I began descending down the hill, and I gathered more and more speed. After a few seconds, when I saw a car coming from the opposite direction and I felt I was getting too much speed, I put my right foot down to “foot brake.” However, the slickness of the road disabled my ability to gain any traction. What resulted was me getting “speed wobbles” as I continued rolling at a high velocity. Consequently, I lost all control and Superman-dove straight onto the tarmac, landing flat on my chest like a pancake.
The collision and subsequent pain were not just jarring but were exacerbated by the fact that I wasn’t wearing a shirt. Examining myself, I saw that my chest and left arm were immediately bloodied up. The wound on my left arm was very, very strange: it was about a half-inch wide gash located just past the crook of my elbow, on the inside corner of my forearm. Thankfully, no severe injuries were sustained, such as broken bones, ribs, or even broken skull. It was all cosmetic. But psychologically, I was very rattled in that moment. I can’t remember whether the person driving the car stopped to ask me if I was okay.
Since I was so far from “home” and covered in blood, I saw a large house nearby – the only house in the immediate vicinity – and decided I’d go and ask for help.
I knocked on the door and someone – a middle-aged woman – came to it soon thereafter. The situation must have looked absurd, shocking, and bemusing for her. Here I was, a total stranger, shirtless and covered in blood, knocking on her door. However, she was sympathetic to my obvious plight and took me in. Another woman about her age was there, and she also seemed sympathetic.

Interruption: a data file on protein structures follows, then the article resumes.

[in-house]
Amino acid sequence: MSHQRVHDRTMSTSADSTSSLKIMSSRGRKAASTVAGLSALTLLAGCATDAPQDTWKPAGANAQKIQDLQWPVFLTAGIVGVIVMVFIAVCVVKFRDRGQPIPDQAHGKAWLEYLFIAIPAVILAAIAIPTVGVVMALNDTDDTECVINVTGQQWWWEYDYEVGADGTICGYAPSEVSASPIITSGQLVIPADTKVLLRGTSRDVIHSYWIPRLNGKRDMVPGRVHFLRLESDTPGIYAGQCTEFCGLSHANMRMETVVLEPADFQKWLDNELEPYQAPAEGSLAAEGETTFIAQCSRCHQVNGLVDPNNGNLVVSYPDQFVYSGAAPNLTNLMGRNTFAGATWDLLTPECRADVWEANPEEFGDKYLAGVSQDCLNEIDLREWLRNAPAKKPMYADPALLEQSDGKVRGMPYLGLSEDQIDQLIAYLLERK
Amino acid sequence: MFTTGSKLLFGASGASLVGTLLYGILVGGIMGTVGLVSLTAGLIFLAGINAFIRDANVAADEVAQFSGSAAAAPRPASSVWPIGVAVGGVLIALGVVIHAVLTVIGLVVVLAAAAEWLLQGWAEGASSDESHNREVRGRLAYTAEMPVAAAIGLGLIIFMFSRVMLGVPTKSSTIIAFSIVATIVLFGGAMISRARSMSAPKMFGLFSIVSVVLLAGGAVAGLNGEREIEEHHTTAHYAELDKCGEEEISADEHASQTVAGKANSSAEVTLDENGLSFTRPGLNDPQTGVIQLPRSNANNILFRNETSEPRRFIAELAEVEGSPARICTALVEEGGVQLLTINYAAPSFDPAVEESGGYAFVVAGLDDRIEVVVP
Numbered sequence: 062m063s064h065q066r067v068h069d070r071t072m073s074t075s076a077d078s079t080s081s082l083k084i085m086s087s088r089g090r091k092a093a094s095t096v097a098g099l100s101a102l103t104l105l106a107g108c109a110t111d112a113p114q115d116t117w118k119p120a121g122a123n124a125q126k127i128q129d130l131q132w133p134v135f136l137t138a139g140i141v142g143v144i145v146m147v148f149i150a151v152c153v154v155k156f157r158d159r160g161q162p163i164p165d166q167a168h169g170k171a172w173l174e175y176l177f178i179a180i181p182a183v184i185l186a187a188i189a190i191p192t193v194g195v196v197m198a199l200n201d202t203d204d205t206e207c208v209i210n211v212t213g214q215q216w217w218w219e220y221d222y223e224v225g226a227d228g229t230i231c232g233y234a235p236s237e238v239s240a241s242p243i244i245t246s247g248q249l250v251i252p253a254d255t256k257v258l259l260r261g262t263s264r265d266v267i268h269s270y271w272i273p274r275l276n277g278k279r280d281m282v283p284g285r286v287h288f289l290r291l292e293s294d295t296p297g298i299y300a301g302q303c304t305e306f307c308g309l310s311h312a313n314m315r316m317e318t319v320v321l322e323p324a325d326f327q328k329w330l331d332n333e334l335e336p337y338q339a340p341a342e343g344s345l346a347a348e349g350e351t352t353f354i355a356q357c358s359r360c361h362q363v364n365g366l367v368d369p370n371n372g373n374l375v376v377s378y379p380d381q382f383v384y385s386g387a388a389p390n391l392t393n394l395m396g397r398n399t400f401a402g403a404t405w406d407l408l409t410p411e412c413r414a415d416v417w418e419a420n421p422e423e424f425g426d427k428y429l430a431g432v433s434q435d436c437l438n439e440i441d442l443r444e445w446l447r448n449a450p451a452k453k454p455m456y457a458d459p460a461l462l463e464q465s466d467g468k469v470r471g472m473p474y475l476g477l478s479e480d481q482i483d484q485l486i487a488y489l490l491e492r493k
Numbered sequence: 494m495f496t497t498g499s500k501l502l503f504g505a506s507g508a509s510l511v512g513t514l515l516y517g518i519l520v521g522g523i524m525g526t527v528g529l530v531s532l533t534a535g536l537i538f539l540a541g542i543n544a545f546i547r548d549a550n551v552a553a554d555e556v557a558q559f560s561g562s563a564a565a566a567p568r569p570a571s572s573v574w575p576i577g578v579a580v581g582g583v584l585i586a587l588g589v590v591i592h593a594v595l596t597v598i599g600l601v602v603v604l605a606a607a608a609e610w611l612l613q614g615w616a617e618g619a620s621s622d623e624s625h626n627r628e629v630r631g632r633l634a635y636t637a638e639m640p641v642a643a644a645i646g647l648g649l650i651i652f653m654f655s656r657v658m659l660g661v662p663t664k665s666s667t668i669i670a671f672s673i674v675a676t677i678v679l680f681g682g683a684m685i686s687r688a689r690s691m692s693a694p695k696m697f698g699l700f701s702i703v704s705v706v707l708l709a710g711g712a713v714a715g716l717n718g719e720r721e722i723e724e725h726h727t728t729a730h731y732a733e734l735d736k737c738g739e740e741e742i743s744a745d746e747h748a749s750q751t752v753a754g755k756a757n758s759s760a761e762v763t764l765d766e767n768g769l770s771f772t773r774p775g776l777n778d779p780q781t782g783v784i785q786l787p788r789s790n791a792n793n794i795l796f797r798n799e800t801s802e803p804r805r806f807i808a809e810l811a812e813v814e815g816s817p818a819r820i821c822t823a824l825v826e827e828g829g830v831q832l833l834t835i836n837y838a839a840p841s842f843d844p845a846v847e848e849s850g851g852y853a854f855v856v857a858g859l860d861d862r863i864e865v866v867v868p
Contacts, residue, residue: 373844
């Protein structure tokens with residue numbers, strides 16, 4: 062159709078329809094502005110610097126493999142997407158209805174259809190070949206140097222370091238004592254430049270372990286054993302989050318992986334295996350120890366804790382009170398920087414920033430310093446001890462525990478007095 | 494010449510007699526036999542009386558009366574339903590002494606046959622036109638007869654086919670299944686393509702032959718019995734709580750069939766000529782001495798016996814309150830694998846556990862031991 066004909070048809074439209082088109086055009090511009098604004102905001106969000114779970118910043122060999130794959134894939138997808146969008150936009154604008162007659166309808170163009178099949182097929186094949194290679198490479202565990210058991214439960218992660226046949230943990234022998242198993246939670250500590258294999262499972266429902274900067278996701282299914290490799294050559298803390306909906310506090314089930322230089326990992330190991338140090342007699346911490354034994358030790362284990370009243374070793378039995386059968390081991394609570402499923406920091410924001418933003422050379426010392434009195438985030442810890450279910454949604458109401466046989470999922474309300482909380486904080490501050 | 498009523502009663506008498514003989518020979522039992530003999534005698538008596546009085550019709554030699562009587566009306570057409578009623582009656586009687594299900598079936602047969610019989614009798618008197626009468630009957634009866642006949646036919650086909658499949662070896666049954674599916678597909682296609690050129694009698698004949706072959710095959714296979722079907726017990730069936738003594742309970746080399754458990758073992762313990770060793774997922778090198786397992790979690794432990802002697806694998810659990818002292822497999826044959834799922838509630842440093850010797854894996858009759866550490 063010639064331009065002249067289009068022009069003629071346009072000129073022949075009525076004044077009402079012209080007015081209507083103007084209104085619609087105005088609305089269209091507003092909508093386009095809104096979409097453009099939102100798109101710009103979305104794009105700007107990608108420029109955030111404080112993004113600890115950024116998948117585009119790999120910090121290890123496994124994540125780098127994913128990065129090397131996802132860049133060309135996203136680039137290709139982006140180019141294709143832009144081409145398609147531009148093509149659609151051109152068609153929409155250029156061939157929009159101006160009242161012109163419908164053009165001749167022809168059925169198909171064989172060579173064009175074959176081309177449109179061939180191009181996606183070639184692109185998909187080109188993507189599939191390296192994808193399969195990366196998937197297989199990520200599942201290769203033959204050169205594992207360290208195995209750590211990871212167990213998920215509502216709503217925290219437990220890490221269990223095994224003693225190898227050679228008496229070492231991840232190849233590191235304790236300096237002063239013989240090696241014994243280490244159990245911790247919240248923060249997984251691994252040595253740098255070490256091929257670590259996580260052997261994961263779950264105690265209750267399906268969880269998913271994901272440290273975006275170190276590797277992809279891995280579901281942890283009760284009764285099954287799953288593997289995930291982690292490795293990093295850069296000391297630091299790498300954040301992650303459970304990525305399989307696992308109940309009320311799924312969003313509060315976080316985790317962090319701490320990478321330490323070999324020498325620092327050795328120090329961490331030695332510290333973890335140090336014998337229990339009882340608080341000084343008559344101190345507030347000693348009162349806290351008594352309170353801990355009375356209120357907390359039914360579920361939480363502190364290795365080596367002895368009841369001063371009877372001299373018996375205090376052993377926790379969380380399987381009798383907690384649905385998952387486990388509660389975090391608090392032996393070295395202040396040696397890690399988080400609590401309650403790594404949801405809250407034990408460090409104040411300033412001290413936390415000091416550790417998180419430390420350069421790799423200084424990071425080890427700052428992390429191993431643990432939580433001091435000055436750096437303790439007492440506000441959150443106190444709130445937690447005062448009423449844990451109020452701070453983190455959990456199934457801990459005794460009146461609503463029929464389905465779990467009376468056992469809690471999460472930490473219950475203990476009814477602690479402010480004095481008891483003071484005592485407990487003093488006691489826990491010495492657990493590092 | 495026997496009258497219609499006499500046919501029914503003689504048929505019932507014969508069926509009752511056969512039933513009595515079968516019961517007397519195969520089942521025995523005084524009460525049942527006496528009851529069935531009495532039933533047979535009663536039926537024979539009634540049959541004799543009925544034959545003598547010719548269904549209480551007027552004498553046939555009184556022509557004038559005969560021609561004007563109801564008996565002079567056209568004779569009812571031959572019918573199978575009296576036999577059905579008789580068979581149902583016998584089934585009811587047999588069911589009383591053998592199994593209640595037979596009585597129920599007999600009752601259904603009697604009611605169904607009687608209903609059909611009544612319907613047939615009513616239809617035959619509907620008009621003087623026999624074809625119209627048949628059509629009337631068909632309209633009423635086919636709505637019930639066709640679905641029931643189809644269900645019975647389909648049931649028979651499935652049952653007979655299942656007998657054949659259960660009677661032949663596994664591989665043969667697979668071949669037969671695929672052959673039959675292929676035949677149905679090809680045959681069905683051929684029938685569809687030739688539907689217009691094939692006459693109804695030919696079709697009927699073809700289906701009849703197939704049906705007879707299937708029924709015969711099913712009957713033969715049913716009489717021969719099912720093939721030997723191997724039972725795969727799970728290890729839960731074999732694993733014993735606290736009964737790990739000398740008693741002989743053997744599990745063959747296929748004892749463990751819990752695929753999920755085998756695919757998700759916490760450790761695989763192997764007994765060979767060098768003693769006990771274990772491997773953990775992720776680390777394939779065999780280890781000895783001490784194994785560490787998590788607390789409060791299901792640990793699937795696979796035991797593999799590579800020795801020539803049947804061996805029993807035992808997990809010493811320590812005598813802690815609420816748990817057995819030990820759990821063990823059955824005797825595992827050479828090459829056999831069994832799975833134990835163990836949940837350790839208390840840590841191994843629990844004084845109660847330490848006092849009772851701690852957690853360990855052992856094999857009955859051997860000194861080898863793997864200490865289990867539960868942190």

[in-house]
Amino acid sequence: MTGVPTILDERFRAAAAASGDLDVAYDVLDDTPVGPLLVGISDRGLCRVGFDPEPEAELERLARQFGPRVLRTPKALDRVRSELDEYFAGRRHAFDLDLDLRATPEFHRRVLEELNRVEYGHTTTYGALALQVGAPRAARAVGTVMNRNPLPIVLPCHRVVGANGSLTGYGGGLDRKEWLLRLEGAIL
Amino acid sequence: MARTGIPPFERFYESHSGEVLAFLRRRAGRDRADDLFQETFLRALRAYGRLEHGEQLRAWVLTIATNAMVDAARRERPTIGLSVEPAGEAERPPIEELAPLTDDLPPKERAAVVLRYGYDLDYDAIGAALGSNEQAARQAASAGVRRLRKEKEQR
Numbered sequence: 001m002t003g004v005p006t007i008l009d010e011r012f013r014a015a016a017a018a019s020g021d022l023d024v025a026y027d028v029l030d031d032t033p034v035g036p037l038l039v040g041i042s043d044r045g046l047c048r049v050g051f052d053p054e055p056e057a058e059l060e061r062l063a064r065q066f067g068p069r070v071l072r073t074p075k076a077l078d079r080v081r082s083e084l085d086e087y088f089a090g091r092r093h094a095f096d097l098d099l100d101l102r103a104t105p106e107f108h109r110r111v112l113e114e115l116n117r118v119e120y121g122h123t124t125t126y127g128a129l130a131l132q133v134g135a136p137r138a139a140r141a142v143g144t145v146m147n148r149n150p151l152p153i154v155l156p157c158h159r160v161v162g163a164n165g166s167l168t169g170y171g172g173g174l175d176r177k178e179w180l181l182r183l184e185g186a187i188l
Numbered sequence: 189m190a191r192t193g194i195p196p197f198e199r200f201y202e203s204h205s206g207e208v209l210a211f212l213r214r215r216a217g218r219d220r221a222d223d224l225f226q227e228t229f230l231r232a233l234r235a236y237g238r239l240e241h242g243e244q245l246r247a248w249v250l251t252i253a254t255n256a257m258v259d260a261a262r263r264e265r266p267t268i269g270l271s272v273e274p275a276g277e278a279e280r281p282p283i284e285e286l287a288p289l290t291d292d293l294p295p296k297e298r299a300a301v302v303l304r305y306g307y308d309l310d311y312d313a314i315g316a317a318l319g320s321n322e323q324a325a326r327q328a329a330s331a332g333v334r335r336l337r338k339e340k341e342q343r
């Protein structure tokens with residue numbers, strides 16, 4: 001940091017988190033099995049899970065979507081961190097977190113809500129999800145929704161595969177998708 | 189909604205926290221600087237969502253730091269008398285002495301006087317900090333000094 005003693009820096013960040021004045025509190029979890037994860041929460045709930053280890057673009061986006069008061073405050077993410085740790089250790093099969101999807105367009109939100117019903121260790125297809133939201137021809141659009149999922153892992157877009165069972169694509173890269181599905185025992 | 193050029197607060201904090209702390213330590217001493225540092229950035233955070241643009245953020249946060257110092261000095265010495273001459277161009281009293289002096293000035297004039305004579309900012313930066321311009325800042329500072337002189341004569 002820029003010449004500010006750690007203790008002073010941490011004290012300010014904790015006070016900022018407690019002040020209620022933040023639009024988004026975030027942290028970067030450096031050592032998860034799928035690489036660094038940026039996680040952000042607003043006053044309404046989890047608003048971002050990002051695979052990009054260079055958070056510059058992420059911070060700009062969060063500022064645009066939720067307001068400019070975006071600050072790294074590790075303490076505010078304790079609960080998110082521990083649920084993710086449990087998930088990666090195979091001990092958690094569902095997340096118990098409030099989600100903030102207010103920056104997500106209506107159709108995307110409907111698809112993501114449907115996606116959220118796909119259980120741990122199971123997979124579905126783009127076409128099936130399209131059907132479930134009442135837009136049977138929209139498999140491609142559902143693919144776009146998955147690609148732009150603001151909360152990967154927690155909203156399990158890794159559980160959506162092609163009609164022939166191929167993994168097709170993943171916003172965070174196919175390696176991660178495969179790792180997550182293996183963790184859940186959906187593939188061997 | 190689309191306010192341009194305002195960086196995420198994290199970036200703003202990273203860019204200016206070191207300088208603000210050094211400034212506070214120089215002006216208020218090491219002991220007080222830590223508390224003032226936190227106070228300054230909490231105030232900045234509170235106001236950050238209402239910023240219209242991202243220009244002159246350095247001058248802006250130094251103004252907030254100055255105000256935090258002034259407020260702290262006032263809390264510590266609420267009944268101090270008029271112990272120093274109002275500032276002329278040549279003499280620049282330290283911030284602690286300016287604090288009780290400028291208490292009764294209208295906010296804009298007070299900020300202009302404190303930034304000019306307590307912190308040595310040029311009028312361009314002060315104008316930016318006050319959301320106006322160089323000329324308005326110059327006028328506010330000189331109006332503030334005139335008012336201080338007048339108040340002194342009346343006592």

They allowed me to wash myself up with a shower in their backyard. This, quite comically, ended up being a special moment for me: it was my first warm shower in more than a month.
It was enhanced by the serenity of showering outdoors, with a view of the Pacific Ocean right in front of me.
After I was finished, I went back into the house and the women subsequently wrapped me with a bandage and applied some kind of healing ointment. They even gave me a little extra to bring home with me. I was and still am supremely thankful for their affection, generosity, and care. My sincerest “mahalo” (thank you) to these two altruists!
I didn’t let the injury stop me, so wrapped with bandages, I continued on to Pīpīwai.
As I rolled on, I noticed the blood seeping through my bandage on my arm, but it didn’t appear like any sort of critical loss that called for medical attention. Ignoring the injury, I eventually landed at my destination and explored the magnificence and glory of the forest. I spent a couple hours here, and the journey ended up being totally worth it. Growing up in Maine probably heightened how surreal and striking it all was, even though Maine has boundless natural treasures of its own. Bamboo was everywhere, and the waterfalls were absolutely majestic!
Eventually, however, I did become more concerned for my injury, so out of prudence I stopped by a health clinic called Hana Health.
The doctor removed the bandage and examined it. The gash was unusual and had some depth to it; it was like a tiny crater in my arm. In addition, it also had what appeared to be tiny pebbles in it from the pavement. It was pretty gnarly-looking. But upon examination and treatment, the doctor concluded I didn’t need stitches, thankfully. She wrapped it back up and sent me on my way, and the wound eventually healed. It was amazing I didn’t require not just stitches, but a skin graft!
With a new bandage, I kept longboarding my way home, probably much to the doctor’s opposition (and eye-roll). It later made for a great story for Jon, Brooke, and some of our friends in the area.
While scathed, I was thankful to not be in any dire health condition. However, in the days afterwards, I recall longboarding and experiencing some form of trauma – the memories of my fall actually really disturbed me. I still felt a bit psychologically and emotionally haunted by it because of how severe the collision was, replaying it over and over again in my mind. While it wasn’t full-blown PTSD, it held a semblance of trauma.
I quickly surmounted this, however, and almost 10 years later, I’m still longboarding.
Thanks for reading! Have you ever experienced a fall like this? Any sort of gnarly crash or collision that forever lives in your memory? Do you have any badass scars? (Ones that are probably infinitely more badass than mine!) Any questions that come to mind? Comment below!